You might have heard of Hedy Lamarr, the actress who starred in the first non-pornographic film to depict intercourse and female orgasm (Ecstasy, 1933). You may also know that the frequency-hopping spread-spectrum technology she helped invent during WWII is the basis for modern networking tech like wifi and Bluetooth.
If not, maybe this 1944 photograph will jog your memory.
More Than a Pretty Face
Hedy Lamarr was a hell of a lot more than just a pretty face in life, but this isn’t about the lady. Tonight, I’d like to introduce you to an Italian indie pop/rock duo that takes its name from the legendary Austrian-American actress.
That’s right. Umberto Duca (bass, guitar, programming, keyboards) and Solange Mattioli (keyboards, vocals) are Hedy Lamarr, the band. I heard about them after they (or whoever handles social media for them) added me to their circles on Google+.
It’s a good thing they did, because I might otherwise have missed out on a good album. You might have missed out as well. 😼
A Review of Hedy Lamarr's Amplitudeness
Naturally, the real question is what does Hedy Lamarr sound like? I’m tempted to suggest after four playthroughs of their 2016 debut album Amplitudeness that Hedy Lamarr is more pop than rock, but they don’t do the sort of vacuous bubblegum pop that gets foisted upon unsuspecting teenagers. Instead, Hedy Lamarr is intelligent pop with real musicianship behind it.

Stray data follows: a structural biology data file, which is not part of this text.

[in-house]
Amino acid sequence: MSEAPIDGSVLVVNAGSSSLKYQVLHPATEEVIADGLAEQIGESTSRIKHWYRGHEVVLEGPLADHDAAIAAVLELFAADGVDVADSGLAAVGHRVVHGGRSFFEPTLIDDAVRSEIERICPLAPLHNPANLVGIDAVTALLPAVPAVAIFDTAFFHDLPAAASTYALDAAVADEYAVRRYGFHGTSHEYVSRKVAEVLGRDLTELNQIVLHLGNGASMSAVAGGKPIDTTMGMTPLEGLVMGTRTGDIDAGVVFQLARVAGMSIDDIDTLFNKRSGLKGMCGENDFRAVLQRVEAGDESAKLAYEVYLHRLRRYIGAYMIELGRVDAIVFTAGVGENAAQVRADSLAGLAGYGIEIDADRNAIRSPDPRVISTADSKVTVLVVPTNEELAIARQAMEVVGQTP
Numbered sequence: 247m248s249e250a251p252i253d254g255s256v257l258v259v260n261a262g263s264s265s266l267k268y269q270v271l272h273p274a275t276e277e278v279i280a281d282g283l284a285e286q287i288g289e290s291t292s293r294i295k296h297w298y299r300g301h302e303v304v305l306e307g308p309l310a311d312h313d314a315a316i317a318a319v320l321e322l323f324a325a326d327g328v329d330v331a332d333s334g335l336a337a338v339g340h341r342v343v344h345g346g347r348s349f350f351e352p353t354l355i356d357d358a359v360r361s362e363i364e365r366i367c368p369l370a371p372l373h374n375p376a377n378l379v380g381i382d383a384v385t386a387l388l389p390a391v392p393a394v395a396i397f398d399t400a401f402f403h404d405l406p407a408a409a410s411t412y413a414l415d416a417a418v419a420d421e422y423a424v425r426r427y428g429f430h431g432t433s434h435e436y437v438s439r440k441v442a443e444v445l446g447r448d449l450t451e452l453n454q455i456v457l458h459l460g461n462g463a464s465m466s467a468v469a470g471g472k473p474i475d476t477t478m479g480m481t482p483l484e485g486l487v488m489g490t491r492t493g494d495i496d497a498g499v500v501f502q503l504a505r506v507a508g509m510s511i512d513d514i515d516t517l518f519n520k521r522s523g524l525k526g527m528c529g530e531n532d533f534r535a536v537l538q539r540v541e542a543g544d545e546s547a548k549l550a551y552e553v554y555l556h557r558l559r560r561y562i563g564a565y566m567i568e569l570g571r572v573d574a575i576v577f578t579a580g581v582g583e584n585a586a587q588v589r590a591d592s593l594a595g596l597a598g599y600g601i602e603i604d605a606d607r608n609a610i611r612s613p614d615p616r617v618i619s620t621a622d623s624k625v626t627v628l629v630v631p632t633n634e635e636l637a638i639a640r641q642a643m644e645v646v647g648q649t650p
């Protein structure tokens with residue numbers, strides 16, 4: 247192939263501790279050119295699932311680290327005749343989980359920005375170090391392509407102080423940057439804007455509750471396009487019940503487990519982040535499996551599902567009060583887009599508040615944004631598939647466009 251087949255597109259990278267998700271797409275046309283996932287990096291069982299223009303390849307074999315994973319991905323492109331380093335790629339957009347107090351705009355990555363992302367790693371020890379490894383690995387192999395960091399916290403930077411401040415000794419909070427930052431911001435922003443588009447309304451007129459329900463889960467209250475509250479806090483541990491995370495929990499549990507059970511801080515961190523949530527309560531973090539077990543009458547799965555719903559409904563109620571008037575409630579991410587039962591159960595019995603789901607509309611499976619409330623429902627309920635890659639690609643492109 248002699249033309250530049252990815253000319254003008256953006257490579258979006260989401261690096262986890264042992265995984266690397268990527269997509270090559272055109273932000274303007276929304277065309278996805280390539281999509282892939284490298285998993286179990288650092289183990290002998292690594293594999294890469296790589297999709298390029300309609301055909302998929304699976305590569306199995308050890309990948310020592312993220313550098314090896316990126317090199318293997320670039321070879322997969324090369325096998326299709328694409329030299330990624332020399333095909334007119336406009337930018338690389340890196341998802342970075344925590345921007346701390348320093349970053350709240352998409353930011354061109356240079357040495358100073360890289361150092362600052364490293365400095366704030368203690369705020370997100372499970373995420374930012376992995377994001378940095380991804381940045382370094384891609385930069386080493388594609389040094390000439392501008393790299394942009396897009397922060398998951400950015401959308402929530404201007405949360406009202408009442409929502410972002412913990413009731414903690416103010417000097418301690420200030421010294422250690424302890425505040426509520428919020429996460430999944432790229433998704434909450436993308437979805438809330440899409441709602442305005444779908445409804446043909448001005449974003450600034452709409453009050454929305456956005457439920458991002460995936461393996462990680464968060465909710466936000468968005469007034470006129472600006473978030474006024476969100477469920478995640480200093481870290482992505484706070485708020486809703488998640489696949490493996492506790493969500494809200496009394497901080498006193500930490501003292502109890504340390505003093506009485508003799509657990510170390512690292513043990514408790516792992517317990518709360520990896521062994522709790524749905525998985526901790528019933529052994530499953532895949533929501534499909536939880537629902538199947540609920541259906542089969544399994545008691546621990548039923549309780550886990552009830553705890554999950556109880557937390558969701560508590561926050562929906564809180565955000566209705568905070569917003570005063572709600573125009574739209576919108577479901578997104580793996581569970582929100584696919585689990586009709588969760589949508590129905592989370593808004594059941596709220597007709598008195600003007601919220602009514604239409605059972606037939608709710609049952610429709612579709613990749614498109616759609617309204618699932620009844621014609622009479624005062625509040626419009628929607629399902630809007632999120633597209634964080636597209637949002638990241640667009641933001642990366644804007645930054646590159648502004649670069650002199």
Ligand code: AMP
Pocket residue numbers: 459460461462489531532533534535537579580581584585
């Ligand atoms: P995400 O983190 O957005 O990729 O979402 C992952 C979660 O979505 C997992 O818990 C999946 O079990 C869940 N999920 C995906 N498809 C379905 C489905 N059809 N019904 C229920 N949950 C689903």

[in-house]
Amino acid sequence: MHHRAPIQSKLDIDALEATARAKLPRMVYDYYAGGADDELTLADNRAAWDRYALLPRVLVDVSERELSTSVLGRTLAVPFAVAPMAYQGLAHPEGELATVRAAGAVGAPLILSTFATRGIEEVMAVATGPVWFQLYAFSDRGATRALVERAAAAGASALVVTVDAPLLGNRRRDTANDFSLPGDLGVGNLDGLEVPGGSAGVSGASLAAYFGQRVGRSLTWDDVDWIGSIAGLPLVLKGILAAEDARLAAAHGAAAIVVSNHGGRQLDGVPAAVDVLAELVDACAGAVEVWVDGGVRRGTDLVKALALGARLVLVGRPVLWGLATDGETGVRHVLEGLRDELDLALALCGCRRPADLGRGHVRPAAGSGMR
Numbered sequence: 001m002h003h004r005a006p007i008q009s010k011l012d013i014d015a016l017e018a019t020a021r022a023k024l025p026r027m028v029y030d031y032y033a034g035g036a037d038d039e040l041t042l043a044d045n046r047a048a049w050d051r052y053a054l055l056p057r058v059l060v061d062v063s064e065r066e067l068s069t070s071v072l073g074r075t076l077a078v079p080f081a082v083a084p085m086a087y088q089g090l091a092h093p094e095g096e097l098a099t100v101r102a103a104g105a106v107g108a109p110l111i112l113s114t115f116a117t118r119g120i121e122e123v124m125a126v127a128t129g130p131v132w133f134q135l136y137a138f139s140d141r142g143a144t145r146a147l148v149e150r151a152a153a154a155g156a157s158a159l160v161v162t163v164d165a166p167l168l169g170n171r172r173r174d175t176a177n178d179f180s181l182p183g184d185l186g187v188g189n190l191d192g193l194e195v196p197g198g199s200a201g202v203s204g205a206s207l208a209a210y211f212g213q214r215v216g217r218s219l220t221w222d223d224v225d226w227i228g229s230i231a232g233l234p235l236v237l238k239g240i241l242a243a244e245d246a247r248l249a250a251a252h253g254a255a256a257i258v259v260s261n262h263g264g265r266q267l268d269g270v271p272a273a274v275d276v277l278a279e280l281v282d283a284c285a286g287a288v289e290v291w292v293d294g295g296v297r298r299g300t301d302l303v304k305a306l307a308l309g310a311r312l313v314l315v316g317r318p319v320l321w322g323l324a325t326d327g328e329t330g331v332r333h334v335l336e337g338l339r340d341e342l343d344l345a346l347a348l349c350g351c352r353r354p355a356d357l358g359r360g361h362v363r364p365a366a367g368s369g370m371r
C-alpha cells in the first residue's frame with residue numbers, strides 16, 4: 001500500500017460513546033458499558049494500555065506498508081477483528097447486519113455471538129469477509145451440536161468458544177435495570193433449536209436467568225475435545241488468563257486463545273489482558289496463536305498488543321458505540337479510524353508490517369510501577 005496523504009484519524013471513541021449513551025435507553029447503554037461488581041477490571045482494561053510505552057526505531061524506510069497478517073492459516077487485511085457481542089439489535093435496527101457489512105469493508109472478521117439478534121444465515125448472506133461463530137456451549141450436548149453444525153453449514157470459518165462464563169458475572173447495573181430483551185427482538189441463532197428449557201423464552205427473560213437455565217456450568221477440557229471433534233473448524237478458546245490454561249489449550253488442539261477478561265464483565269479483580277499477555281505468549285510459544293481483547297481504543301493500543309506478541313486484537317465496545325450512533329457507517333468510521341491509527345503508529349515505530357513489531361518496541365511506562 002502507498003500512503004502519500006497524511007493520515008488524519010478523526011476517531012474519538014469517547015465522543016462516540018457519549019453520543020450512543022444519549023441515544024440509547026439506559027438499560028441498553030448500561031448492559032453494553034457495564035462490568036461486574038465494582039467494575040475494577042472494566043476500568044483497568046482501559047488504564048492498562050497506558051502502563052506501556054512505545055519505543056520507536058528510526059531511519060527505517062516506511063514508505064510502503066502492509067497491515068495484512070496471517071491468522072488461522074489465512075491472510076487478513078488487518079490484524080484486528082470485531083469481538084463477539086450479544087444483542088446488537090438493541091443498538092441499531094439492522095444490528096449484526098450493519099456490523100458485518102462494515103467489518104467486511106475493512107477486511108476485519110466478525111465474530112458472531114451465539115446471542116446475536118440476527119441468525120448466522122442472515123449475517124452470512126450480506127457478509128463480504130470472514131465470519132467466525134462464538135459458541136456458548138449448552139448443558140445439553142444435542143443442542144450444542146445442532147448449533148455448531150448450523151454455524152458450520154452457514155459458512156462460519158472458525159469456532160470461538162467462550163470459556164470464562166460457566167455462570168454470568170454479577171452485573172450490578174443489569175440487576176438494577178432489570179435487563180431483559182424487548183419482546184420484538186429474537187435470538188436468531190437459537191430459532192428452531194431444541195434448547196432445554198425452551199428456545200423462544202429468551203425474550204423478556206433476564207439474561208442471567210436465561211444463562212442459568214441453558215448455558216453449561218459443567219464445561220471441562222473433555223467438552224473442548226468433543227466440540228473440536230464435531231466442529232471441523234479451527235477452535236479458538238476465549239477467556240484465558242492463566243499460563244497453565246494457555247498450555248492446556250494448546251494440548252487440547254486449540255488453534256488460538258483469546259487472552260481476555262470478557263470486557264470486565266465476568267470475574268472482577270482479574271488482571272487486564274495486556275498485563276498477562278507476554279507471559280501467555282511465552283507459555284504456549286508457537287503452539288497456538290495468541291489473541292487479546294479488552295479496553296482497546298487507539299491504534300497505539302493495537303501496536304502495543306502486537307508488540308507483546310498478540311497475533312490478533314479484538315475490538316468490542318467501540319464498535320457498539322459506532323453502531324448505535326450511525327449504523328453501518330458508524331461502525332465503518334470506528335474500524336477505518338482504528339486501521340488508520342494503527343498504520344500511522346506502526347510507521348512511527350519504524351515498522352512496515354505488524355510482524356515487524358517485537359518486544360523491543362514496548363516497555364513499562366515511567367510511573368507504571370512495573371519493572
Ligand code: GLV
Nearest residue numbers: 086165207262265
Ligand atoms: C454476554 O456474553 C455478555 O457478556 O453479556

Imagine if Edith Piaf had been born forty years later, and were to collaborate with Peter Gabriel or Thomas Dolby. The result might resemble Hedy Lamarr’s music.
The eight songs comprising Amplitudeness‘ 37 minute runtime are subtle affairs, with Umberto Duca’s instrumentation and programming supporting Solange Mattioli’s vocals. Ms. Mattioli’s voice is clear and commands the listener’s attention whether she sings in English or in French (as on “Formes Rudes” and “Larves”). Whoever produced the album is to be commended; they don’t appear to have bought into the Loudness War, and Amplitudeness is all the better for its soft, lush sound and generous dynamic range.
Hedy Lamarr’s promotional efforts appear to focus on their single, but I think “Slow” is the stand-out track. It’s a sensual, jazz-influenced number that just drips film noir. Now that I think of it, pop/rock doesn’t accurately describe the Hedy Lamarr aesthetic. Just about every song on Amplitudeness would fit somewhere on a modern noir film’s soundtrack, or in a 1940s cabaret anachronistically equipped with modern tech, so perhaps “noir pop” is a better term. Regardless, it’s an album I recommend for quiet, rainy nights spent alone in the city.
Listen to Amplitudeness on Spotify
"I'm Over" official video clip
This may be NSFW. I’m at work so I haven’t played it yet. 🙂
Following Hedy Lamarr
If you want to follow the band, use the following services:
Top image taken from the Facebook page for Hedy Lamarr, the band.